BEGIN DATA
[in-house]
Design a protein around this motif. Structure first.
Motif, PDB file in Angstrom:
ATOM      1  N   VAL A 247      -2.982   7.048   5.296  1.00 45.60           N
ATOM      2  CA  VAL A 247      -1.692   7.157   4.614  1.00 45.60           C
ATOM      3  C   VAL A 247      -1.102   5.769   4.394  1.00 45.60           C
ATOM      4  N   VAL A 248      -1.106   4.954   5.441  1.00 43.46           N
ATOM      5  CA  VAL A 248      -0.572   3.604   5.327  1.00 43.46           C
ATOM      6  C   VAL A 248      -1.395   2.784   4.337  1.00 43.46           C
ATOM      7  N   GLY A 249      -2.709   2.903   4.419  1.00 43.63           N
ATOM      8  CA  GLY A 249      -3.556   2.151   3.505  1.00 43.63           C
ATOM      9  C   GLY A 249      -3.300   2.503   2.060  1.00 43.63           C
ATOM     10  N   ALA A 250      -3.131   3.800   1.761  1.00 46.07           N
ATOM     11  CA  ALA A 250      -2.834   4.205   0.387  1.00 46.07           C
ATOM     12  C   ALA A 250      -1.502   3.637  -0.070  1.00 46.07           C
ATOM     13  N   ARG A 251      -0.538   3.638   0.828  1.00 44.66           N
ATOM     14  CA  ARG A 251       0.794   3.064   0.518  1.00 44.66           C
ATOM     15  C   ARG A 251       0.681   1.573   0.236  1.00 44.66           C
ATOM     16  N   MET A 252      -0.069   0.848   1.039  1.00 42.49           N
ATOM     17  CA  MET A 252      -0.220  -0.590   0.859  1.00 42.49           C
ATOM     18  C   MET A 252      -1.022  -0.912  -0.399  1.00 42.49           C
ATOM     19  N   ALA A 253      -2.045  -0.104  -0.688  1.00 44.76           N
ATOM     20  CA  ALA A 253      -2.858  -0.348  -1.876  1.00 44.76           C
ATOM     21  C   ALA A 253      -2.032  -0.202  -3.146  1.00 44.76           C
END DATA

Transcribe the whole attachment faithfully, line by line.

[in-house]
Design a protein around this motif. Structure first.
Motif, PDB file in Angstrom:
ATOM      1  N   VAL A 247      -2.982   7.048   5.296  1.00 45.60           N
ATOM      2  CA  VAL A 247      -1.692   7.157   4.614  1.00 45.60           C
ATOM      3  C   VAL A 247      -1.102   5.769   4.394  1.00 45.60           C
ATOM      4  N   VAL A 248      -1.106   4.954   5.441  1.00 43.46           N
ATOM      5  CA  VAL A 248      -0.572   3.604   5.327  1.00 43.46           C
ATOM      6  C   VAL A 248      -1.395   2.784   4.337  1.00 43.46           C
ATOM      7  N   GLY A 249      -2.709   2.903   4.419  1.00 43.63           N
ATOM      8  CA  GLY A 249      -3.556   2.151   3.505  1.00 43.63           C
ATOM      9  C   GLY A 249      -3.300   2.503   2.060  1.00 43.63           C
ATOM     10  N   ALA A 250      -3.131   3.800   1.761  1.00 46.07           N
ATOM     11  CA  ALA A 250      -2.834   4.205   0.387  1.00 46.07           C
ATOM     12  C   ALA A 250      -1.502   3.637  -0.070  1.00 46.07           C
ATOM     13  N   ARG A 251      -0.538   3.638   0.828  1.00 44.66           N
ATOM     14  CA  ARG A 251       0.794   3.064   0.518  1.00 44.66           C
ATOM     15  C   ARG A 251       0.681   1.573   0.236  1.00 44.66           C
ATOM     16  N   MET A 252      -0.069   0.848   1.039  1.00 42.49           N
ATOM     17  CA  MET A 252      -0.220  -0.590   0.859  1.00 42.49           C
ATOM     18  C   MET A 252      -1.022  -0.912  -0.399  1.00 42.49           C
ATOM     19  N   ALA A 253      -2.045  -0.104  -0.688  1.00 44.76           N
ATOM     20  CA  ALA A 253      -2.858  -0.348  -1.876  1.00 44.76           C
ATOM     21  C   ALA A 253      -2.032  -0.202  -3.146  1.00 44.76           C